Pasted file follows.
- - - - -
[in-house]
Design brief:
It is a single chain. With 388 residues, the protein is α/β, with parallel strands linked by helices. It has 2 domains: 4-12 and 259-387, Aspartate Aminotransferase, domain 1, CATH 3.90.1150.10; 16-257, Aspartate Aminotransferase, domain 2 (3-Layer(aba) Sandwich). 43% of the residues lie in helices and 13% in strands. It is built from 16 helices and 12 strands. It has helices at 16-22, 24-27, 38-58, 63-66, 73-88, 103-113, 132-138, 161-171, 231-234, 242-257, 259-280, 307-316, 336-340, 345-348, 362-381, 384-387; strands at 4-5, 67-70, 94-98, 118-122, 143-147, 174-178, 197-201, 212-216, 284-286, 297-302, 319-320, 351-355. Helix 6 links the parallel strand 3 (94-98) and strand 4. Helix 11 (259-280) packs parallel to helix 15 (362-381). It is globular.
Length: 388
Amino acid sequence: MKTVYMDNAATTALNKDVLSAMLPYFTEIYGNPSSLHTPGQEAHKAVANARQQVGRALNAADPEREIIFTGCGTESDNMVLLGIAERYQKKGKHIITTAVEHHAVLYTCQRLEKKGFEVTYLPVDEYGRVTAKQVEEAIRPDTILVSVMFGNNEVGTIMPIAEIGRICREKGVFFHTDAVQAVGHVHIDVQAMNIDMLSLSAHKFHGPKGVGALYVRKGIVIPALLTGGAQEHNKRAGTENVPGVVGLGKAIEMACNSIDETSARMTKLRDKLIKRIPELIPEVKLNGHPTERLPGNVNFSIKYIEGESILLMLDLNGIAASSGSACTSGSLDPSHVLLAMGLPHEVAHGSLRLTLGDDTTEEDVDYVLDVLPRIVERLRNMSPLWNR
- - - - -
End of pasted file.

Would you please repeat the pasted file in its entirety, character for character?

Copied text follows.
[in-house]
Design brief:
It is a single chain. With 388 residues, the protein is α/β, with parallel strands linked by helices. It has 2 domains: 4-12 and 259-387, Aspartate Aminotransferase, domain 1, CATH 3.90.1150.10; 16-257, Aspartate Aminotransferase, domain 2 (3-Layer(aba) Sandwich). 43% of the residues lie in helices and 13% in strands. It is built from 16 helices and 12 strands. It has helices at 16-22, 24-27, 38-58, 63-66, 73-88, 103-113, 132-138, 161-171, 231-234, 242-257, 259-280, 307-316, 336-340, 345-348, 362-381, 384-387; strands at 4-5, 67-70, 94-98, 118-122, 143-147, 174-178, 197-201, 212-216, 284-286, 297-302, 319-320, 351-355. Helix 6 links the parallel strand 3 (94-98) and strand 4. Helix 11 (259-280) packs parallel to helix 15 (362-381). It is globular.
Length: 388
Amino acid sequence: MKTVYMDNAATTALNKDVLSAMLPYFTEIYGNPSSLHTPGQEAHKAVANARQQVGRALNAADPEREIIFTGCGTESDNMVLLGIAERYQKKGKHIITTAVEHHAVLYTCQRLEKKGFEVTYLPVDEYGRVTAKQVEEAIRPDTILVSVMFGNNEVGTIMPIAEIGRICREKGVFFHTDAVQAVGHVHIDVQAMNIDMLSLSAHKFHGPKGVGALYVRKGIVIPALLTGGAQEHNKRAGTENVPGVVGLGKAIEMACNSIDETSARMTKLRDKLIKRIPELIPEVKLNGHPTERLPGNVNFSIKYIEGESILLMLDLNGIAASSGSACTSGSLDPSHVLLAMGLPHEVAHGSLRLTLGDDTTEEDVDYVLDVLPRIVERLRNMSPLWNR